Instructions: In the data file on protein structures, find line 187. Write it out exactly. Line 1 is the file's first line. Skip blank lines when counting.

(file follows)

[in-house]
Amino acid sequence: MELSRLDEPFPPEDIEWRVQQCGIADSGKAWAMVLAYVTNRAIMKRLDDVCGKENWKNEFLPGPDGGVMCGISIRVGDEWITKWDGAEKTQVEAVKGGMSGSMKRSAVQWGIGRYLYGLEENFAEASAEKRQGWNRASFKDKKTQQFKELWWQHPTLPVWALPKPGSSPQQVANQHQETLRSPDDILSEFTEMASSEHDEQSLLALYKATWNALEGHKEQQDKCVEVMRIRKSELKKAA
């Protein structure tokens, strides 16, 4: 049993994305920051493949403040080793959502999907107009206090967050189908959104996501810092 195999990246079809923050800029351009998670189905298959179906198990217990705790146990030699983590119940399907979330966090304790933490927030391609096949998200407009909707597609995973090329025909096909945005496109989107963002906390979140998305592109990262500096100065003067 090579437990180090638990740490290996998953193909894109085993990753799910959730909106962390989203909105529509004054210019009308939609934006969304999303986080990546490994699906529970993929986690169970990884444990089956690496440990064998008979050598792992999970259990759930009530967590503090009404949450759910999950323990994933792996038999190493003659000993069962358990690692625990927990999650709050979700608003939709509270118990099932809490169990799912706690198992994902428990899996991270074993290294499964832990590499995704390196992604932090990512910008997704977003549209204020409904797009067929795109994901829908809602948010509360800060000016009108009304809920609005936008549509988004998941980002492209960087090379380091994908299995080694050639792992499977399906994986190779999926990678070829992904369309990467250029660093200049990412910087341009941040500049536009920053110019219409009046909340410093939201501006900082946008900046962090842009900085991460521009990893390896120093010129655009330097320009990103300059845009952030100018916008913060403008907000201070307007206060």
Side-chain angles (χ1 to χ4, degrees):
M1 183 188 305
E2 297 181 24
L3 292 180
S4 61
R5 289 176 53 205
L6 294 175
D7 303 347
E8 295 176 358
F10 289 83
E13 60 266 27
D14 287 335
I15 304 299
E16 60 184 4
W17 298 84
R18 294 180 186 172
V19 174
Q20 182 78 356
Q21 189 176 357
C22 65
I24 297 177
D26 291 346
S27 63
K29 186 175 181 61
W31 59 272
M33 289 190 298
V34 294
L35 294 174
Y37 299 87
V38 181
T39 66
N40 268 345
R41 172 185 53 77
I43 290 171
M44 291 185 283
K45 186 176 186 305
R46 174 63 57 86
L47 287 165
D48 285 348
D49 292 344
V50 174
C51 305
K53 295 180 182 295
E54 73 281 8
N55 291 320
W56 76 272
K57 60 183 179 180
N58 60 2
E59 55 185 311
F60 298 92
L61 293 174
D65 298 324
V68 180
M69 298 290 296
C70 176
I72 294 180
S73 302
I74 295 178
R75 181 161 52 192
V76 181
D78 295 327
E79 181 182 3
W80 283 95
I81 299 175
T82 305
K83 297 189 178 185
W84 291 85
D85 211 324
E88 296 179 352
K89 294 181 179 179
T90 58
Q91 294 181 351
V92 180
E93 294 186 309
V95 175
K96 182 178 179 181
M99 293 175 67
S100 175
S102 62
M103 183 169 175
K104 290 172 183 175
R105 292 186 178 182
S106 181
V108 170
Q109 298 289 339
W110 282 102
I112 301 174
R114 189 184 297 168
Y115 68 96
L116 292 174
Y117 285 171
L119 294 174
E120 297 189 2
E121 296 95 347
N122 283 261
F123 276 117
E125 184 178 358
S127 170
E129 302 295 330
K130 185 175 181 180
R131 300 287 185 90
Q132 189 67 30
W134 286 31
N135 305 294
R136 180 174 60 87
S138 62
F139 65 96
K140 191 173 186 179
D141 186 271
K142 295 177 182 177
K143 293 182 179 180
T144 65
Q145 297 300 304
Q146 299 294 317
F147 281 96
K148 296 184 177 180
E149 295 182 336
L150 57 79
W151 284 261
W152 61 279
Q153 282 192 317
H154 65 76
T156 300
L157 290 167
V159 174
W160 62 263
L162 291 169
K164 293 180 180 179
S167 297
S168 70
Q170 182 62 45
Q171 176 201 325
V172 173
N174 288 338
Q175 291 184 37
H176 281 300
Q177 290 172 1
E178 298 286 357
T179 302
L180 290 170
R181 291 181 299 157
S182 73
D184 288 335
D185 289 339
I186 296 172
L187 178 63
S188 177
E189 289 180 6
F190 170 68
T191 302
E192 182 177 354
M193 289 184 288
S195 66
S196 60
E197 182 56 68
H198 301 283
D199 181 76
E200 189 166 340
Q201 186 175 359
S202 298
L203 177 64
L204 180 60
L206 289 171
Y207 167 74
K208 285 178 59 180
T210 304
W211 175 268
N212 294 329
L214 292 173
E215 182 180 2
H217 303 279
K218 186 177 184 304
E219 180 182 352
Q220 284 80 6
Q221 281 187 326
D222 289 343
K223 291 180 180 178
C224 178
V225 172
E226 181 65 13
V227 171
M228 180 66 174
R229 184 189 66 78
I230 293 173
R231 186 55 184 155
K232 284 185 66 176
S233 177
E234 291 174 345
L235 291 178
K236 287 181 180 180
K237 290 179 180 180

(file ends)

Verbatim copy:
I230 293 173